Public Fixed Income

Emerging Markets Debt: Springtime in January?

December 2022 – 7 min read

With the inflation and geopolitical fogs around the world dissipating, and a monetary policy pivot potentially in the cards, 2023 is shaping up to be a promising year for emerging markets debt.

After a dismal couple of years from an investment return perspective, 2023 is shaping up to be a promising year for emerging markets (EM) debt. As of early December 2022, EM local and sovereign debt indexes had lost a fifth of their value since peaking in December 2020 and September 2021, respectively.1 EM corporate bonds had lost 31% from the peak in June 2021.2 As the COVID-19 pandemic receded and the world progressively reopened, the monetary and fiscal accommodation used to cope with the effects morphed into a global inflationary spike. Russia’s invasion of Ukraine in February 2022 and the sanctions that followed added fuel to the inflationary fire. Global central banks responded aggressively but late as they sought to grasp the economic whirlwinds around them.

As we look to 2023, the world appears to have started to make more sense, especially from the perspective of global central banks. Inflation has finally started reacting to the monetary tightening implemented since the first quarter of 2022, global economic activity has cooled, the war in Ukraine appears to be contained, and China is showing increasing signs of revisiting its COVID policy. In a nutshell, a monetary policy pivot looks increasingly likely. Macroeconomic policy accommodation may still be some ways away, but major central banks have started to talk about slowing down the pace of interest rate increases, while EM central banks have largely completed their task. The financial markets have also started anticipating—correctly, in our view—the end of the tightening cycle. Based on the work of our sovereign debt team, we expect the next surprise for central banks to be an unexplained fall in inflation during the second half of 2023—and accommodative policy will likely follow.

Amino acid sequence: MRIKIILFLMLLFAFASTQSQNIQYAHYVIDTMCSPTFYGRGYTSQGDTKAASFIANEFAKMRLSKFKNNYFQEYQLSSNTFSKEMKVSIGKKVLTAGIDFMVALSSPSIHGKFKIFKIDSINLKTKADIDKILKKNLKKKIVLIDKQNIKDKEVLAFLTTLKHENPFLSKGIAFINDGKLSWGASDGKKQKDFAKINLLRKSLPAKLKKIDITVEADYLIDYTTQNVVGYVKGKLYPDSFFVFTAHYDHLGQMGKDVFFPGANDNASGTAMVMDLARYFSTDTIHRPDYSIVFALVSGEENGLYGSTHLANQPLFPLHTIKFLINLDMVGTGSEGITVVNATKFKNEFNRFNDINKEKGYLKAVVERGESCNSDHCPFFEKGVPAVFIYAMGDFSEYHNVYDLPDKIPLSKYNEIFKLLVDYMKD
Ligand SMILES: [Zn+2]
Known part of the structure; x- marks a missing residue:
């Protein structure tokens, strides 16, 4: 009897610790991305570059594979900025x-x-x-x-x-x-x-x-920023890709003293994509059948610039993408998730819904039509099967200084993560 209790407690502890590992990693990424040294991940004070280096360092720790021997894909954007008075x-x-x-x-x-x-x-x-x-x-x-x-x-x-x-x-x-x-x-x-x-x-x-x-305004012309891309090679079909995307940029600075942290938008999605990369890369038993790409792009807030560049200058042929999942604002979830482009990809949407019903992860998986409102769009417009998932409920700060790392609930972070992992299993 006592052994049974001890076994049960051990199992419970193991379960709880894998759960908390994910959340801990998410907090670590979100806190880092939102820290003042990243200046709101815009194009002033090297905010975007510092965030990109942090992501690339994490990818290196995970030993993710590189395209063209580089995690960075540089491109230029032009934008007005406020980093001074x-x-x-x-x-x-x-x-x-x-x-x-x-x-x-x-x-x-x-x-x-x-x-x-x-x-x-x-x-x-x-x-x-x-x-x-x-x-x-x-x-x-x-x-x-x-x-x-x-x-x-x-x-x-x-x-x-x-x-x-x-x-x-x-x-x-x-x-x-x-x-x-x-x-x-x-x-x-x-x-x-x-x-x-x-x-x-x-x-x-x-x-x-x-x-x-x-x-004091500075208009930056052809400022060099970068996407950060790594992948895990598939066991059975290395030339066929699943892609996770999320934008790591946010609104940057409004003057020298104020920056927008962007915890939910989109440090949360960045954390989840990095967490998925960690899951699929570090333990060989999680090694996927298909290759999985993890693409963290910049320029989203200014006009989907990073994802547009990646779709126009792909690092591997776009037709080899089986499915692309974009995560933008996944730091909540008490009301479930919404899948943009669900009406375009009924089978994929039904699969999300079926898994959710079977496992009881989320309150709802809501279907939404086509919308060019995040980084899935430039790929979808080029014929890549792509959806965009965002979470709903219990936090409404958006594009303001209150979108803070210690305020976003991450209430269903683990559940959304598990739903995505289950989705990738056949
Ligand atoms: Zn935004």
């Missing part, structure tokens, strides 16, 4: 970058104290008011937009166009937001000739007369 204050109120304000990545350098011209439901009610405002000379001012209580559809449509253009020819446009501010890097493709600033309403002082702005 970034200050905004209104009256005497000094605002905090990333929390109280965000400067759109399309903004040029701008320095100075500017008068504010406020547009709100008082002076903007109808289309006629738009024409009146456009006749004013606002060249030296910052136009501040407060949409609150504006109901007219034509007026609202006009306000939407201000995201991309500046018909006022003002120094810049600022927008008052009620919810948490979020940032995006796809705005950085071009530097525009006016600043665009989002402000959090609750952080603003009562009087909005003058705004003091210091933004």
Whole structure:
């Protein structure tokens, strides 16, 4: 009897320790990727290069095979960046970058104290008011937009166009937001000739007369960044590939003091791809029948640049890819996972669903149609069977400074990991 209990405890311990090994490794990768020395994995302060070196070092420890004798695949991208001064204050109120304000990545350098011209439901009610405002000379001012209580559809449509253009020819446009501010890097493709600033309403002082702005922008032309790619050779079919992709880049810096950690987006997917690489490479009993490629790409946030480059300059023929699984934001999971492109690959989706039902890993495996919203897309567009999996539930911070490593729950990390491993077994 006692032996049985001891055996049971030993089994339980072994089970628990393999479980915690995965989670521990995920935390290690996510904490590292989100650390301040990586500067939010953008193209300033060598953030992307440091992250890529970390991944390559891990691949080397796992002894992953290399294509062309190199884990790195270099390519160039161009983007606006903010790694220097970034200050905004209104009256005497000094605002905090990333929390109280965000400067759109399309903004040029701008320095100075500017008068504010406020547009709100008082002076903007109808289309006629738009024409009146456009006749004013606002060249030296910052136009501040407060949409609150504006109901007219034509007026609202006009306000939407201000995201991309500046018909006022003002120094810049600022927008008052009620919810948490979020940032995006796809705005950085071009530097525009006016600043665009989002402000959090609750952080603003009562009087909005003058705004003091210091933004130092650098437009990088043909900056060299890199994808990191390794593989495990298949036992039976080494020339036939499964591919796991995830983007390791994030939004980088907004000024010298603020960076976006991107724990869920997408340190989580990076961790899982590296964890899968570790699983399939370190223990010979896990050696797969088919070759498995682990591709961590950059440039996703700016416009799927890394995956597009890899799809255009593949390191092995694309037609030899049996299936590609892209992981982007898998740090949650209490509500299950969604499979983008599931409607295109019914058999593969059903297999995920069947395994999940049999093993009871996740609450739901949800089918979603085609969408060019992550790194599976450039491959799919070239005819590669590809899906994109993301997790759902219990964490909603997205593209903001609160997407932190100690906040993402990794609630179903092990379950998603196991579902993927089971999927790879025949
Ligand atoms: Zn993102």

1. Source: J.P. Morgan GBI-EMGD; J.P. Morgan EMBIGD.
2. Source: J.P. Morgan CEMBI.

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Omotunde Lawal, CFA

Head of Emerging Markets Corporate Debt

Dr. Ricardo Adrogué

Head of Global Sovereign Debt & Currencies

Cem Karacadag

Head of Emerging Markets Sovereign Debt

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